What we see on the surface is a manifestation of some underlying issues in the body. Your skin is communicating this to you and your job is to learn how to speak its language so you can first understand it and then treat it. Think of acne like the shivering cold feeling you get when you have high fever. Our bodies tell us that our temperature has gotten higher than normal and that causes as to feel cold. When we get sick, it tells us. That’s exactly the same with acne. When we have some imbalance in the body, it tells us. However, the difference is that we judge our acne and greatly dislike it. We let it affect our mood and ultimately lives. This is the moment your skin is asking for help and care, and what do you do? Attack it with drying cleansers, harsh acid peels, extreme stress and junk food. Be kind to yourself. Strive for a holistic well being inside and out instead of obsessing over spots, which are the outcome of the problem, not the cause. I know, it’s easier said than done.
So how should we actually take care of our skin? How do we give it the respect it deserves? People often do the classic mistakes of using aggressive products on their skin. As a result, they jeopardize the ph of the skin, meaning that if your skin is too acidic or too alkaline then it’s a breading ground of bad bacteria. Be gentle to your skin. Treating your skin with anger and frustration only leads to irritated skin. Go for gentle washes (find recommendations here) and always double cleanse, avoid wearing make up as much as possible, use light serums instead of heavy creams, even if you think you are dry, chances are you are most probably dehydrated (find recommendations here). Pay extra attention to hygiene, for example don’t touch your face with dirty hands, change your pillow case a few times a week, wash your make up brushes every time you use them and disinfect them with alcohol. If you get excessively oily during the day, carry blotting papers to remove the excess sebum. Have your hair pulled back so it doesn’t touch your skin. Be careful with what you eat! Sugar, cow’s dairy and in some cases gluten can disrupt your hormones so try and avoid these foods. Have a blood test and see if your body is low on any vitamins or minerals. Please refer to the “Period Repair Manual” for more information on the subject. Also consider an anti-inflammatory diet. Christina Economidou, a clinical dietitian and nutritionist wrote an incredible book on antioxidant and anti-inflammatory foods.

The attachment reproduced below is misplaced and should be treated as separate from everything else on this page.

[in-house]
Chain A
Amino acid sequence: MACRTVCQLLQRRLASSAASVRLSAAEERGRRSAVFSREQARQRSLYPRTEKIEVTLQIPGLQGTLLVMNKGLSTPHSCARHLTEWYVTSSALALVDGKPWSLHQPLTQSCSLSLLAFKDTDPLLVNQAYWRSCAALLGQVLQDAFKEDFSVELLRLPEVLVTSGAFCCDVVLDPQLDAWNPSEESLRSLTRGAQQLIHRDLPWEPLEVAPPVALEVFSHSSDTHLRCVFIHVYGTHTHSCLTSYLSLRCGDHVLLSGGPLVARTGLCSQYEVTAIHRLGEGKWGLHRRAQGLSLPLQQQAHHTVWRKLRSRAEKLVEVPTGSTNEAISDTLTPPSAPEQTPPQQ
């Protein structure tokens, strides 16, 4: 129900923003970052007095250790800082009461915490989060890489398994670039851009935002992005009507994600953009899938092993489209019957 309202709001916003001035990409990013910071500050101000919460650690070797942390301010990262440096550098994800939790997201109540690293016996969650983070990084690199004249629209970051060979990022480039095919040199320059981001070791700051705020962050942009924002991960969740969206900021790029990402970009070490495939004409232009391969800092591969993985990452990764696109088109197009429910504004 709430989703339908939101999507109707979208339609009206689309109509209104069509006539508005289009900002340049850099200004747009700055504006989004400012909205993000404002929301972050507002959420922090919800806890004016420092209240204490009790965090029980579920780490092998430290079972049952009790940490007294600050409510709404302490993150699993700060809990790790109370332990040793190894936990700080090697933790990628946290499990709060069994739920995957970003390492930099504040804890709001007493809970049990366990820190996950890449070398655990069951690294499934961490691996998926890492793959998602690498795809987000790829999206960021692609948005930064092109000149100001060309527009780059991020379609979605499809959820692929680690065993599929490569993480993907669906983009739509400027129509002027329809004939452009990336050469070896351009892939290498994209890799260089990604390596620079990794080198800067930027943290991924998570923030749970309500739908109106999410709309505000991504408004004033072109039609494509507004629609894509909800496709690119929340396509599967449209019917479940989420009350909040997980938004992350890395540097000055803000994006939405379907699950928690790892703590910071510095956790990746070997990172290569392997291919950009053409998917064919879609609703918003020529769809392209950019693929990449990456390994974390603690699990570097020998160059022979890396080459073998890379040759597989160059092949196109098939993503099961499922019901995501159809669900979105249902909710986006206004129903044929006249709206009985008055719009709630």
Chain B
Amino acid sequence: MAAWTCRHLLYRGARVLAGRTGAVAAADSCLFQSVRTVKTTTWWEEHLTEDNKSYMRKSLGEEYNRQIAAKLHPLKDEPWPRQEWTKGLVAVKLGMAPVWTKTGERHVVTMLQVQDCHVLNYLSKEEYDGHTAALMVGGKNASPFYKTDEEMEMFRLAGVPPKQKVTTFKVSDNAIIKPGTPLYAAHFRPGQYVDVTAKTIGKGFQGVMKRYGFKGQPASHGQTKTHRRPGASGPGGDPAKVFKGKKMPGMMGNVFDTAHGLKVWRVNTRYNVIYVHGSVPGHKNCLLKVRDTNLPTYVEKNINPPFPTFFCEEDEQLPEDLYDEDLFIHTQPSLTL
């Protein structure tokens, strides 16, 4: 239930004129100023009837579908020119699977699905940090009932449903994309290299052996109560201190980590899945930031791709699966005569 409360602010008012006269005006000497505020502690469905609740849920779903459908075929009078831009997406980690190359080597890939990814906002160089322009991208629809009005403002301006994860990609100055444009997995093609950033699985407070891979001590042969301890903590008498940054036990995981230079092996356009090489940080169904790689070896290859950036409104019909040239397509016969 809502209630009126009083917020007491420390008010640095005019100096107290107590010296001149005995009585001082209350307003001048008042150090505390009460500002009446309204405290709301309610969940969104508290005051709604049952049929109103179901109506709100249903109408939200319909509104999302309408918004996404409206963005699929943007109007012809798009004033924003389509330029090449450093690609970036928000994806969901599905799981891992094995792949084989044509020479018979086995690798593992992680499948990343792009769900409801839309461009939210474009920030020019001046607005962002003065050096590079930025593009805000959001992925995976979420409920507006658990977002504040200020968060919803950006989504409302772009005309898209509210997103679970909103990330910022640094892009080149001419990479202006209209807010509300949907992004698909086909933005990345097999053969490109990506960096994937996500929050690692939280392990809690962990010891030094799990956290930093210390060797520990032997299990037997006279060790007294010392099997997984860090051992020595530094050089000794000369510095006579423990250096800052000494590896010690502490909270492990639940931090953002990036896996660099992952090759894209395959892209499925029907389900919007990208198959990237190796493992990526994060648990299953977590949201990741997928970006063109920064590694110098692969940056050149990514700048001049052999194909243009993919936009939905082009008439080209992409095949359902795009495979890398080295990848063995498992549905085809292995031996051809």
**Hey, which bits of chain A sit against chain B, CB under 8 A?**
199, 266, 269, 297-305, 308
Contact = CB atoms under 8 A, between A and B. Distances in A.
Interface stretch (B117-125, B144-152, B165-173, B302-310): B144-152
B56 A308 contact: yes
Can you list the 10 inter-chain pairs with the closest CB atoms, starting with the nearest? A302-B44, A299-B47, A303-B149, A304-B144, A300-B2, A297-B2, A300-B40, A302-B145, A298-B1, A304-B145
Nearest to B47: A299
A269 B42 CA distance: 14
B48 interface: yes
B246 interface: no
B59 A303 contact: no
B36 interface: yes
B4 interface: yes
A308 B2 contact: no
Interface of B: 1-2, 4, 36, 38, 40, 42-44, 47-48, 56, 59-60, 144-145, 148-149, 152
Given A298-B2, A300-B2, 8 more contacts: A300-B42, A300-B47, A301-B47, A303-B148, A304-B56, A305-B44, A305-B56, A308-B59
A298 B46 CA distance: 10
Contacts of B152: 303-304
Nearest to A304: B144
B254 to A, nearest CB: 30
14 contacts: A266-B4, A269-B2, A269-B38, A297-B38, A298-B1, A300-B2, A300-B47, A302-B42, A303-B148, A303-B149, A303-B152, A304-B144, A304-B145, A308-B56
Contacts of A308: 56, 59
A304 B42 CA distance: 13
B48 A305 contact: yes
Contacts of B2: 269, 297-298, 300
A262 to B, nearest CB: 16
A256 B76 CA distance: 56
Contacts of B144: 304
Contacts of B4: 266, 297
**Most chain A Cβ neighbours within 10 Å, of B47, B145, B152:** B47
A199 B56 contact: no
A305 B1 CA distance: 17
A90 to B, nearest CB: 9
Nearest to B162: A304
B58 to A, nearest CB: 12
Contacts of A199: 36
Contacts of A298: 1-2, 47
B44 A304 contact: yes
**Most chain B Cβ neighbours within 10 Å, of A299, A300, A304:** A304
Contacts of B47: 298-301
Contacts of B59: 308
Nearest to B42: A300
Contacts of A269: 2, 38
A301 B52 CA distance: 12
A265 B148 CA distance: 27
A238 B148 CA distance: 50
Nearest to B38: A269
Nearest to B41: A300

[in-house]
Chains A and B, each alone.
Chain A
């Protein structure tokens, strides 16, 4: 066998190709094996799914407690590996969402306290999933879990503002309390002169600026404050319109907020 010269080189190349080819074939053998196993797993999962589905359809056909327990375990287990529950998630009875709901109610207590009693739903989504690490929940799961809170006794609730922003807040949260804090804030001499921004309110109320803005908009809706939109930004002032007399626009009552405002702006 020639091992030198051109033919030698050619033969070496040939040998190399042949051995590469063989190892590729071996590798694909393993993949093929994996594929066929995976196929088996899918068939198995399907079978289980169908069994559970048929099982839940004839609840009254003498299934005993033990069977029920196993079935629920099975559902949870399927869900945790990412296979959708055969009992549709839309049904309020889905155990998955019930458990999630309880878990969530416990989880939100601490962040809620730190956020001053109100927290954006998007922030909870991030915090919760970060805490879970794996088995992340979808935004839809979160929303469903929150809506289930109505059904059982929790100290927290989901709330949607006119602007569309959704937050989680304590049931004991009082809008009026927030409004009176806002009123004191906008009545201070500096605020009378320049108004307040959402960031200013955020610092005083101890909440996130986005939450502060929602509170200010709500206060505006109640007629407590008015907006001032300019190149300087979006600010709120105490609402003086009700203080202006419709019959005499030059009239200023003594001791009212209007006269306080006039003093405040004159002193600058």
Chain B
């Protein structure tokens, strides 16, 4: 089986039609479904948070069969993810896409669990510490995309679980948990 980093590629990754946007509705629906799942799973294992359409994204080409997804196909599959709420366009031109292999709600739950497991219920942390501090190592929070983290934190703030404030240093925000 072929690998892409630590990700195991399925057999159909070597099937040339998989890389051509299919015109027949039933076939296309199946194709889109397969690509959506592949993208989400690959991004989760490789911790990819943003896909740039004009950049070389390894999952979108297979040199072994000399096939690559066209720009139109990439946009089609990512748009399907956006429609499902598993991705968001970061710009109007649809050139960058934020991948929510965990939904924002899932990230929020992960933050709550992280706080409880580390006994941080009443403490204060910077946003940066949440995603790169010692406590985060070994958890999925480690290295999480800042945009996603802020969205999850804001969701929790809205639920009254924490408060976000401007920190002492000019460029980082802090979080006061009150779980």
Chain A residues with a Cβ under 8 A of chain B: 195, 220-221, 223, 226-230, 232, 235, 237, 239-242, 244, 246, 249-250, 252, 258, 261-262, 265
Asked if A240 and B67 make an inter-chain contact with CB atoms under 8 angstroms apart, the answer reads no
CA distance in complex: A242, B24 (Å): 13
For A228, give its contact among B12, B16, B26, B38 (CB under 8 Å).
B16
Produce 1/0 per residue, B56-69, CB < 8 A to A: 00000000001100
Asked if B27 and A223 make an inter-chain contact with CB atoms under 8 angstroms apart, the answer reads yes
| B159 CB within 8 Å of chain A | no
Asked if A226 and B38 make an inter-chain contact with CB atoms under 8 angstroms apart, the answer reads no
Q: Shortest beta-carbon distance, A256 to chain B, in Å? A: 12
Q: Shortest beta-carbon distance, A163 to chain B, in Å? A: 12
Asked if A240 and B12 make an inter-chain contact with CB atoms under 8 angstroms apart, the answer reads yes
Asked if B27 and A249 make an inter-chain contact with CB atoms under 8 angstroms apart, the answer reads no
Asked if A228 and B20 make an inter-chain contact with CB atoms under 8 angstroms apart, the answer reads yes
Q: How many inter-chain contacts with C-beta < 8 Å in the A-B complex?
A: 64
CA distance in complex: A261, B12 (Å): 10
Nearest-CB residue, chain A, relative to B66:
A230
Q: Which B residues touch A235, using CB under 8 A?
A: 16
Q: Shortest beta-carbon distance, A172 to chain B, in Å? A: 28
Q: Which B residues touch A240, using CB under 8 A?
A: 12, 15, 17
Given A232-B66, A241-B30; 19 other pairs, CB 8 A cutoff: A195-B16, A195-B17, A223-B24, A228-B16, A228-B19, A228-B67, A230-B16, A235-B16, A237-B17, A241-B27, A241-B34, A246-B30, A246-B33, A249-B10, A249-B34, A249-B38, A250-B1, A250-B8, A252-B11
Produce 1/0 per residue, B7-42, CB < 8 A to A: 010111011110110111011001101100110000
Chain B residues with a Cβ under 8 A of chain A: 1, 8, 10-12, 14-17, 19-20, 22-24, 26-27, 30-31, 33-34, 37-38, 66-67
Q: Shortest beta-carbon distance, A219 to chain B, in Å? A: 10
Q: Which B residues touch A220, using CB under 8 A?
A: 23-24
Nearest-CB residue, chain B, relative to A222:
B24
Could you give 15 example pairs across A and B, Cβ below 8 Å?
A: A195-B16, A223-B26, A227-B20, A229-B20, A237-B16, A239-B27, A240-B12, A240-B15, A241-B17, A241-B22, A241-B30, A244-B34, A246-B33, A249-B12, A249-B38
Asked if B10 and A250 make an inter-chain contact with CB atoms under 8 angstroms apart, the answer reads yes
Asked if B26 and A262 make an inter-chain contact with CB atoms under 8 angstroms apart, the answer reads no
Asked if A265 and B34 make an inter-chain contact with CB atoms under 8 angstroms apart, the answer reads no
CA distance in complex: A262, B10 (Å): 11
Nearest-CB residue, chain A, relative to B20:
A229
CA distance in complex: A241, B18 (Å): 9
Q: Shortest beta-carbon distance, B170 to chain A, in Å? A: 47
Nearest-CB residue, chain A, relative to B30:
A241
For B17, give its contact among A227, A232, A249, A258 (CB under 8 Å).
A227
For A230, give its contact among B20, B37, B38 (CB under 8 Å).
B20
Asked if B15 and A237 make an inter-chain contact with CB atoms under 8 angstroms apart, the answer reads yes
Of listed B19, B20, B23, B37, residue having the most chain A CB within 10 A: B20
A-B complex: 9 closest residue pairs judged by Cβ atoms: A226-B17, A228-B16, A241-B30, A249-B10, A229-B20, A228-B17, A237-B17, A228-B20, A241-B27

I urge you to take things into your own hands and educate yourself on this topic. Do your own research, read plenty of books, articles, watch videos by people who know what they are doing but always form your own opinion at the end. I wish acne had the same cure for everybody, but we are all different and our skin and body need different things. Look at the bright side! If you manage to control or eliminate your acne yourselves then you get to take all the credit for it, become wiser and are able to help other people.
The Green Edit
All the artworks are by David Shringley
The Nature of Beauty (book) – Great book to read if you don’t know where to start. Everything you need to know about skin and skincare is in there.
Cassandra Bankson (videos Part 1, Part 2, Part 3, Part 4). Cassandra explains how she cleared her chronic acne in a 4-part video, and each part is dedicated to one contributory of acne. In great detail she illuminates this holistic idea of treating acne. Highly recommend watching it!